Since Rome was a pilgrimage city, it is not surprising that one could buy cards typical of various places. I do not think it says anything about the game that the Swiss Guards would have learned. They were in general isolated from the population and would have been taught only what was played in the Vatican. What it shows is the immense importance of Lyon at that time as a manufacturer of cards of all sorts, including tarot, for a variety of localities.In particular it reinforces the Ferrara-France connection (but not the Ferrarese order of trumps) via Avignon.

The significance of Depaulis's discovery will be clear if we review what Dummett says about tarot in 16th century France. I am only concerned here with documents indicating tarot production and use, not the type of decks used or anything about their imagery. [Added after reading Depaulis in English: actually, Depaulis's article is not very significant when it comes to tarot production in France, since I had conflated the two Antoines and misread the "Lyons" entry as being about tarot. Although Depaulis does think the "Ferrarese" tarots were produced by someone from Lyons, I am not sure why other than perhaps the name, these probably were made in Ferrara, since the place of production is not indicated. However what Dummett says is still of interest regarding tarot in France during this time, the 16th century.]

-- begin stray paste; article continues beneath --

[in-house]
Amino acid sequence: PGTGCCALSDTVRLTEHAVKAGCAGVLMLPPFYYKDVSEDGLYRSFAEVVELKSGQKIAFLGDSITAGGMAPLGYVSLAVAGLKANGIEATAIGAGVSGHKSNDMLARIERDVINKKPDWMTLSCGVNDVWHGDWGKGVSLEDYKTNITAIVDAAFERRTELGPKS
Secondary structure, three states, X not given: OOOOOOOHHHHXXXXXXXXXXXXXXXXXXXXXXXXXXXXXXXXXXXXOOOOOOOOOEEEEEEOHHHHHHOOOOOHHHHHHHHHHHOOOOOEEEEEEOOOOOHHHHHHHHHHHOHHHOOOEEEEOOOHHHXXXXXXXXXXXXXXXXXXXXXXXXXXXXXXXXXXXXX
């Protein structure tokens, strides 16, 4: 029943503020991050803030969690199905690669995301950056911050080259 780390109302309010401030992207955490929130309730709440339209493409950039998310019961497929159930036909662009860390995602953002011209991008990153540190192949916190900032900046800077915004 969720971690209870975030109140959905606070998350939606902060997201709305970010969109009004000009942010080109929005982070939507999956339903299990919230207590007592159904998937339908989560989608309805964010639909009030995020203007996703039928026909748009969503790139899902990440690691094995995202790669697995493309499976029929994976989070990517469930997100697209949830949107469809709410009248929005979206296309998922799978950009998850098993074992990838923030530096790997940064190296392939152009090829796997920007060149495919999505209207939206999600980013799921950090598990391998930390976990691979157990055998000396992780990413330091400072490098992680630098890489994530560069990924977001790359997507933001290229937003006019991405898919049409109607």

TAROT IN FRANCE IN THE 16TH CENTURY: DUMMETT CHAPTER 14

I start at the beginning of the chapter (p. 351).